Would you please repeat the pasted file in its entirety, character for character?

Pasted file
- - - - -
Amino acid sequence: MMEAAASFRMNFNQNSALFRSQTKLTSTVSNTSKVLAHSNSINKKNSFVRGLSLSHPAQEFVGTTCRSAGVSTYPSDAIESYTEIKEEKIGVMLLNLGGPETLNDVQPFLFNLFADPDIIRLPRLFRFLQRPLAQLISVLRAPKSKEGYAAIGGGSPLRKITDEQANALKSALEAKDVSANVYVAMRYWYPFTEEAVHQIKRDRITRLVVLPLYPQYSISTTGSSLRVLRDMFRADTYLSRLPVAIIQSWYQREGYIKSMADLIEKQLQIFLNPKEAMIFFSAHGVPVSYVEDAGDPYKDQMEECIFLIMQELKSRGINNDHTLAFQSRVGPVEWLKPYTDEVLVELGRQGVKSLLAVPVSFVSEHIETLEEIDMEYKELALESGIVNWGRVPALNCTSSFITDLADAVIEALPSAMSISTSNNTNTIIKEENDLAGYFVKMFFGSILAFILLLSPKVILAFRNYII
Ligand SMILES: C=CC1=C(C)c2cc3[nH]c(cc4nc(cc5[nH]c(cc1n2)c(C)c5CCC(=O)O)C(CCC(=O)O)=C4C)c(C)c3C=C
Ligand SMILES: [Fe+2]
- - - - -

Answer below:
Amino acid sequence: MMEAAASFRMNFNQNSALFRSQTKLTSTVSNTSKVLAHSNSINKKNSFVRGLSLSHPAQEFVGTTCRSAGVSTYPSDAIESYTEIKEEKIGVMLLNLGGPETLNDVQPFLFNLFADPDIIRLPRLFRFLQRPLAQLISVLRAPKSKEGYAAIGGGSPLRKITDEQANALKSALEAKDVSANVYVAMRYWYPFTEEAVHQIKRDRITRLVVLPLYPQYSISTTGSSLRVLRDMFRADTYLSRLPVAIIQSWYQREGYIKSMADLIEKQLQIFLNPKEAMIFFSAHGVPVSYVEDAGDPYKDQMEECIFLIMQELKSRGINNDHTLAFQSRVGPVEWLKPYTDEVLVELGRQGVKSLLAVPVSFVSEHIETLEEIDMEYKELALESGIVNWGRVPALNCTSSFITDLADAVIEALPSAMSISTSNNTNTIIKEENDLAGYFVKMFFGSILAFILLLSPKVILAFRNYII
Ligand SMILES: C=CC1=C(C)c2cc3[nH]c(cc4nc(cc5[nH]c(cc1n2)c(C)c5CCC(=O)O)C(CCC(=O)O)=C4C)c(C)c3C=C
Ligand SMILES: [Fe+2]